Friday, May 21, 2010
A Movie a Day, Day Five: Welcome
You can tell you're early in the evolution of a society's acceptance of a minority group when most of its movies about that subculture star people from the dominant culture, focusing on how their eyes are opened or their lives enriched by their contact with someone from the minority. That template fits most of the movies I've seen about the illegal immigrants pouring into the U.S. and Europe these days, and Welcome is no exception. But it's better than most, a modestly scaled movie that's a minor success.
A little too pat and simplistic, Welcome is not nearly as good as Laurent Cantet's emotionally raw and complex The Class or Jacques Audiard's searing A Prophet, but it's a whole lot better than the overpraised The Visitor, which was to illegal immigrants what Gentleman's Agreement was to Jews and Guess Who's Coming to Dinner to African Americans.
The main character in Welcome is Simon Calmat (Mademoiselle Chambon star Vincent Lindon), a sad-eyed former swimming champ who makes a living teaching water aerobics and swimming at a public pool in Calais. In the midst of a divorce from a wife he's still crazy about, Simon has slid pretty deep into a major depression when Bilal (Firat Ayverdi), a bright-eyed Kurdish kid from Iraq, pops up in his pool.
Bilal has emigrated illegally from Iraq to Calais in a difficult and dangerous journey that included a stint on a cargo truck, his head inside a plastic bag so his breathing won't activate the sensors installed to detect the presence of carbon dioxide. He manages to get 4,000 kilometers from home, but his goal is the other side of the English Channel, where the girl he loves has recently moved with her family. He asks Simon to teach him to swim, figuring that's his best shot for getting to England.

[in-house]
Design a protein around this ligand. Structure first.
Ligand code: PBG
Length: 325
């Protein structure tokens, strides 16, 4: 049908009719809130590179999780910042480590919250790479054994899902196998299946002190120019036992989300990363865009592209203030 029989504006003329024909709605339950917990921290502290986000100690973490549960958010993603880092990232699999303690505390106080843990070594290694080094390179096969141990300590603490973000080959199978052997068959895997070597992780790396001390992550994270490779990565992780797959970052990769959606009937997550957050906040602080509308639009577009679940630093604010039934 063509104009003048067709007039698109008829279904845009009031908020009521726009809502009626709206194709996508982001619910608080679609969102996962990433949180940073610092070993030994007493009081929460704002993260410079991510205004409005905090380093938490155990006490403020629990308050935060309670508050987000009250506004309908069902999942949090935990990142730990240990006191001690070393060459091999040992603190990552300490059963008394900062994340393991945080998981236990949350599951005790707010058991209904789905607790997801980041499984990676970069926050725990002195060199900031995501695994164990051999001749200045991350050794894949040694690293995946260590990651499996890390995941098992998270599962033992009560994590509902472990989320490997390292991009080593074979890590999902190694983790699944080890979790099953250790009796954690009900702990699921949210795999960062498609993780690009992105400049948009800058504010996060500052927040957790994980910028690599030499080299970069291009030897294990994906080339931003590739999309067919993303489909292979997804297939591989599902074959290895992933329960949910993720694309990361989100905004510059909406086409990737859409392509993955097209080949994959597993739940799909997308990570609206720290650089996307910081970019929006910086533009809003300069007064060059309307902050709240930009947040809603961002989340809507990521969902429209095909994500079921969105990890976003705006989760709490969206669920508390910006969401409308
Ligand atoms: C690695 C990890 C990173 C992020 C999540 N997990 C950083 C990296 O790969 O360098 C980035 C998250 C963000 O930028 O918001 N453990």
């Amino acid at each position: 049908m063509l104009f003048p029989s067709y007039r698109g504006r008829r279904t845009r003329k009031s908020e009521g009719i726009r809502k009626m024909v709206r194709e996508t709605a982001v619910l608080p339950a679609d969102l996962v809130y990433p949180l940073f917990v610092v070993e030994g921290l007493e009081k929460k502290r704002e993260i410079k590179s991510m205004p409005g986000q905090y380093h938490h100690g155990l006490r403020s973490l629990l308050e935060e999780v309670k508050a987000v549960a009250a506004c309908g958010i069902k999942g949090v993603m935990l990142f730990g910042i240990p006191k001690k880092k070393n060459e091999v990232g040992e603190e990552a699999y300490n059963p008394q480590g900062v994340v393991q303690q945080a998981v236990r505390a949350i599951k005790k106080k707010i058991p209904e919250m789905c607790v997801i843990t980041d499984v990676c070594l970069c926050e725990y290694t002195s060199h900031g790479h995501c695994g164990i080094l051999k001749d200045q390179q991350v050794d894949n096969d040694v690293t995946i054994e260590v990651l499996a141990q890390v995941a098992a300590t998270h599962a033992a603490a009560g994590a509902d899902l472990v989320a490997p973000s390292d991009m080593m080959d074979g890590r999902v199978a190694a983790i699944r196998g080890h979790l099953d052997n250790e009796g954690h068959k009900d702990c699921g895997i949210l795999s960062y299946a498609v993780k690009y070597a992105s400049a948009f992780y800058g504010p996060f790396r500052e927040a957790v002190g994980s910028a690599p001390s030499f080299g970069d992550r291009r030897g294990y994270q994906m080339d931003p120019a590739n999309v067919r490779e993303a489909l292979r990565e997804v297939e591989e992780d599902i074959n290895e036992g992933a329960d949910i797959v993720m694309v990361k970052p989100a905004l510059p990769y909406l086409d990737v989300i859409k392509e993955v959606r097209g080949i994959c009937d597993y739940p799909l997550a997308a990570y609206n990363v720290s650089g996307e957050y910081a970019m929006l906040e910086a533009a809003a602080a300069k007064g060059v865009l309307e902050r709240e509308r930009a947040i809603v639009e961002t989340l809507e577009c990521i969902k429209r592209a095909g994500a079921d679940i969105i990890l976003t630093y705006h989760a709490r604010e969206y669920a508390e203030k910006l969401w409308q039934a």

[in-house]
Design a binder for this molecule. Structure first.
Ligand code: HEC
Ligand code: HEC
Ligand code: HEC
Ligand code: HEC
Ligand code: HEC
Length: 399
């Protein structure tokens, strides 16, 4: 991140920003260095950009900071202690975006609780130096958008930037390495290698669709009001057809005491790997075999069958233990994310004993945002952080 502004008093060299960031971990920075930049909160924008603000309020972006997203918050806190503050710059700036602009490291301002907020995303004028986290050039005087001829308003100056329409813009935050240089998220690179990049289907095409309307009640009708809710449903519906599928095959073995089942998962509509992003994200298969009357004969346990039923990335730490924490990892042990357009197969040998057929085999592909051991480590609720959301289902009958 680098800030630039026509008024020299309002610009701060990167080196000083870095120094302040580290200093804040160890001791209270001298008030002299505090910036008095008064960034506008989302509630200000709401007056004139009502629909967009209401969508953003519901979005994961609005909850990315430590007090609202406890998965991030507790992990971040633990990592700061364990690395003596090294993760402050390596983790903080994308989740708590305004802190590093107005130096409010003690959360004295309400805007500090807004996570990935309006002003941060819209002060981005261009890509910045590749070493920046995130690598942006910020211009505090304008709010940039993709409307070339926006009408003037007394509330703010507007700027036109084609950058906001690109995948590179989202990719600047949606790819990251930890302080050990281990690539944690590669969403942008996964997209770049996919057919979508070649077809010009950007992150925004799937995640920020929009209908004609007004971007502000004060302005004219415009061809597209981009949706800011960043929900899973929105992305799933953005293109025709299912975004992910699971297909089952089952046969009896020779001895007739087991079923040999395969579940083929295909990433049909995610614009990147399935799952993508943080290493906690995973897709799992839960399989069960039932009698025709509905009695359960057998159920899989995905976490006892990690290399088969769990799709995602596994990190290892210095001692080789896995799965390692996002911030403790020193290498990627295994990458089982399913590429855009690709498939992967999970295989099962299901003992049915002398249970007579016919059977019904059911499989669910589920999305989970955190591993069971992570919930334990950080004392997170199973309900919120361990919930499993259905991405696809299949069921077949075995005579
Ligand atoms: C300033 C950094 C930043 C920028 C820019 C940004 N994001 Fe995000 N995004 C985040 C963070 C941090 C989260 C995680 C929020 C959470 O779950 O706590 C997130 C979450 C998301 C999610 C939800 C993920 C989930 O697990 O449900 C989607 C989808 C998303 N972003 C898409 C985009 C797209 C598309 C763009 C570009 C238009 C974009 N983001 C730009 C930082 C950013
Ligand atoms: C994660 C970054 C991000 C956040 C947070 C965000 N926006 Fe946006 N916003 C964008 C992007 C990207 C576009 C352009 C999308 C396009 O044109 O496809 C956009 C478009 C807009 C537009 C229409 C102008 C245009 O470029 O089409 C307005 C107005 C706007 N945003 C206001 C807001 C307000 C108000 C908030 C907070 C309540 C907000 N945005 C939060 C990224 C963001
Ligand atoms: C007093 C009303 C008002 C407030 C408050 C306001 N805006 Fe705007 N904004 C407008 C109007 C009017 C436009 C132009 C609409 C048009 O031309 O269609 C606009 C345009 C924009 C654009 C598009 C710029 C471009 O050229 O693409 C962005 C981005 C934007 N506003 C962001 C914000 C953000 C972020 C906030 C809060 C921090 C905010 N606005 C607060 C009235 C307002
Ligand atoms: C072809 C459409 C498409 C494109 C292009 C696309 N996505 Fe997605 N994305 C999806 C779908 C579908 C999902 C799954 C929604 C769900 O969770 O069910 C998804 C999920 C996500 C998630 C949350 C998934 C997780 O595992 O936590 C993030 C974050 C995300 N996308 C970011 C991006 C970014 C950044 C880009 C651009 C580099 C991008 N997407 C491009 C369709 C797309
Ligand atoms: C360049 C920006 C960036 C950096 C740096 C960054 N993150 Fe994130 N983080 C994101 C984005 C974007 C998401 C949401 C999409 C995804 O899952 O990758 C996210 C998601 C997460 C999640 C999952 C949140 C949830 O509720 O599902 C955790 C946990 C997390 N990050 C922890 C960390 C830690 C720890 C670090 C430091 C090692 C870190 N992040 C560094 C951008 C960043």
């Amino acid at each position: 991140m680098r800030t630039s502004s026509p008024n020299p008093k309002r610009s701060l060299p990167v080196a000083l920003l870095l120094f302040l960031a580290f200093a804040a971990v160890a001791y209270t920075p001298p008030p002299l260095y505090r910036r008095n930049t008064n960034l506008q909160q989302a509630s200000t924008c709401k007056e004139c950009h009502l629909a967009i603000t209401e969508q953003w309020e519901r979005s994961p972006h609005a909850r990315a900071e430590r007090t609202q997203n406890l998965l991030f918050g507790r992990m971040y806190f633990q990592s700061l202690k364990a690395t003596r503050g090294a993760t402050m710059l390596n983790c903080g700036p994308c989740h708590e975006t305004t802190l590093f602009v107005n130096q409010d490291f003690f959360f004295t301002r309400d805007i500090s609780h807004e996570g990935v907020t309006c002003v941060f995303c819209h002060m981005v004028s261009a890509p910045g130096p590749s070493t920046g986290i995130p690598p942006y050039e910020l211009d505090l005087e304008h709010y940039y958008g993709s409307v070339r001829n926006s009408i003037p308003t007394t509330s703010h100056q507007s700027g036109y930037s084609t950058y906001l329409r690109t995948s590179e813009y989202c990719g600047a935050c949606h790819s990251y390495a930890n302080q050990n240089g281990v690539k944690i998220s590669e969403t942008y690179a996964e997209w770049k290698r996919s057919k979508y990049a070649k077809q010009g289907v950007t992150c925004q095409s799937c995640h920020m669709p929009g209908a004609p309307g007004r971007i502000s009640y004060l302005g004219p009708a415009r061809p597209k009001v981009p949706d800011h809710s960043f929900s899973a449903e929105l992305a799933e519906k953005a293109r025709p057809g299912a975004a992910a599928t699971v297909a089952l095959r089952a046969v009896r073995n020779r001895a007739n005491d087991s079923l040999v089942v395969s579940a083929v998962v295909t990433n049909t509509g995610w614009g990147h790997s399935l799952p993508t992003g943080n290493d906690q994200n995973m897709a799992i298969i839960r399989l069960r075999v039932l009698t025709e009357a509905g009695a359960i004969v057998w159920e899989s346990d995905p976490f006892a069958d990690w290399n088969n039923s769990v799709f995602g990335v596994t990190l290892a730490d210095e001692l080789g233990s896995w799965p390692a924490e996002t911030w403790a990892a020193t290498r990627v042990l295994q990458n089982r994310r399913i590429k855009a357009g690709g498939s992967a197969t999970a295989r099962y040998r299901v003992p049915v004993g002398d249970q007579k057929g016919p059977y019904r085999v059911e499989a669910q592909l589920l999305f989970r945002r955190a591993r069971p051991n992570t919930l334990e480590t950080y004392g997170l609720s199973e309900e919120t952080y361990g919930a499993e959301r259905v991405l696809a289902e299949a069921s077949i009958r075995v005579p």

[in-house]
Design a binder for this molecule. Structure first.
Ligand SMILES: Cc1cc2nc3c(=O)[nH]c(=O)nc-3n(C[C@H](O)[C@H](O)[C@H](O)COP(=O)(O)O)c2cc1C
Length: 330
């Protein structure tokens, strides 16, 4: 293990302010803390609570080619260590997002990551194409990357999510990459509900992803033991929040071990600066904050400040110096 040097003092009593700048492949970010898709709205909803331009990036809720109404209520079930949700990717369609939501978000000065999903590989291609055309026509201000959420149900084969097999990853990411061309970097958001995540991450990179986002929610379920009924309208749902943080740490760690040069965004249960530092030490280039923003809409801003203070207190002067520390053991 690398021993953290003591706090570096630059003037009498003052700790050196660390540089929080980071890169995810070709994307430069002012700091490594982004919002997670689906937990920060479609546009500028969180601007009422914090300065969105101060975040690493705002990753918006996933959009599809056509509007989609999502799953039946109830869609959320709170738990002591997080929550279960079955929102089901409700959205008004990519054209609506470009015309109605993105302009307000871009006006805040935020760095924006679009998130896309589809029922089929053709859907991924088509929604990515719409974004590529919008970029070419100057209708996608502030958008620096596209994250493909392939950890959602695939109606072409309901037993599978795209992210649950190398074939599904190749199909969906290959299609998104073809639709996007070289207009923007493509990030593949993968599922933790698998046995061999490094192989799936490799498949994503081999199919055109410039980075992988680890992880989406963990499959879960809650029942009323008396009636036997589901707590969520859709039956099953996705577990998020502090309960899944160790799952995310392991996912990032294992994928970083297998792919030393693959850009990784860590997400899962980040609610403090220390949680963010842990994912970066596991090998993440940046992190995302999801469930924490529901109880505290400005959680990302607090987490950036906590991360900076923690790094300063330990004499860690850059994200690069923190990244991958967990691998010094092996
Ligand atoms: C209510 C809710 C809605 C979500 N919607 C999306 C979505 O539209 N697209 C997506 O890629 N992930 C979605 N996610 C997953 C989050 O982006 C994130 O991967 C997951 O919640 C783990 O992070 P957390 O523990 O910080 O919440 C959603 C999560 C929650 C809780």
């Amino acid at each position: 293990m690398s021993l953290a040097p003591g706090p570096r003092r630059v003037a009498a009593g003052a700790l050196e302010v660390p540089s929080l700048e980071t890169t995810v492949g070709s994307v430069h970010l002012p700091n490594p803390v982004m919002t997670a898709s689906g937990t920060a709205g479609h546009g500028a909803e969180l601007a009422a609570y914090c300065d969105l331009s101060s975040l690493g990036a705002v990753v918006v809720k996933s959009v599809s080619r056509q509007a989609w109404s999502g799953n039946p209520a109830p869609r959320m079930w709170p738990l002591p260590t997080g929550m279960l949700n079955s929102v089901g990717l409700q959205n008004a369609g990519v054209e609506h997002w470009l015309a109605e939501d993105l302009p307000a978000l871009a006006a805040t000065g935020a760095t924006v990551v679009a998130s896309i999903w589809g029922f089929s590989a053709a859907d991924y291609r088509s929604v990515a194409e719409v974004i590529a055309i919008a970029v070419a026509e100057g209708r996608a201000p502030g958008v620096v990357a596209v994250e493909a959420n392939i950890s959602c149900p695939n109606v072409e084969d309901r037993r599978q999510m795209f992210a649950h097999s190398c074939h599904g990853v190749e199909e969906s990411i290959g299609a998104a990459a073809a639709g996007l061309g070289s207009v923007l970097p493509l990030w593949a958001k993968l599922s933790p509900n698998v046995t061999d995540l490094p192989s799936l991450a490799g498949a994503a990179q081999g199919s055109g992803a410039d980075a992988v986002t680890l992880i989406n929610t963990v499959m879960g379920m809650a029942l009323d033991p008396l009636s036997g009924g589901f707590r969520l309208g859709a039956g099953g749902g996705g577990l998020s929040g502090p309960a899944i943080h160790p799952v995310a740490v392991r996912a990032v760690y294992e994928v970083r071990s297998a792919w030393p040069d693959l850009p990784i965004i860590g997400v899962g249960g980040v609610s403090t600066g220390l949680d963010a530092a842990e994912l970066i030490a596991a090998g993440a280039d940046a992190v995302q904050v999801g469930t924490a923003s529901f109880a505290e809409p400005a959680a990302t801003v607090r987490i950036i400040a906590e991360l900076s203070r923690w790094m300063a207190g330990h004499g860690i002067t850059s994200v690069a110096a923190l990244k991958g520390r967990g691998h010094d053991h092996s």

Calais has erected a thicket of barriers to discourage illegal immigrants. At first, Simon seems to have done the same, but Bilal breaks down his resistance. Simon sees himself in the boy, identifying first with his athleticism and then with his romanticism. And as the two grow closer, Simon takes more risks to help the boy achieve his dream.
We learn a lot more about Simon's life than we do Bilal's (we never see where Bilal sleeps or get a sense of how he spends his time when he isn't with Simon), but their stories are given almost equal emotional weight. What's more, letting Bilal into his life doesn't magically transform Simon or solve any of his problems, and Simon's help is not enough to help Bilal triumph over all the obstacles piled up in his path. Paired with Lindon's and Ayverdi's emotional transparency and both characters' fundamental decency, that humanistic orientation and relatively realistic story arc give this heartfelt movie some emotional heft. But in the end, what resonates most is the political context in which the filmmakers situate this twist on a father-son melodrama.
To surface the dehumanizing brutality routinely encountered by the political and economic refugees who are flooding the Western world and largely ignored by the rest of us, we hear both from and about cops who arrest immigrants and the people who help them. We also see several examples of a perhaps even more chilling trend: the collusion of private citizens, like the xenophobic neighbor whose welcome mat earns a sardonic look from Simon and gives the movie its title.
All that demonization and repression reanimates the ghost of another evil time in France's not-so-distant past—and our own. As Simon's ex puts it, after trying to stop a supermarket security guard from ejecting a couple of immigrants while Simon and several other customers watched mutely: "You know what banning people from stores means? Want me to buy you a history book?"
Written for The House Next Door.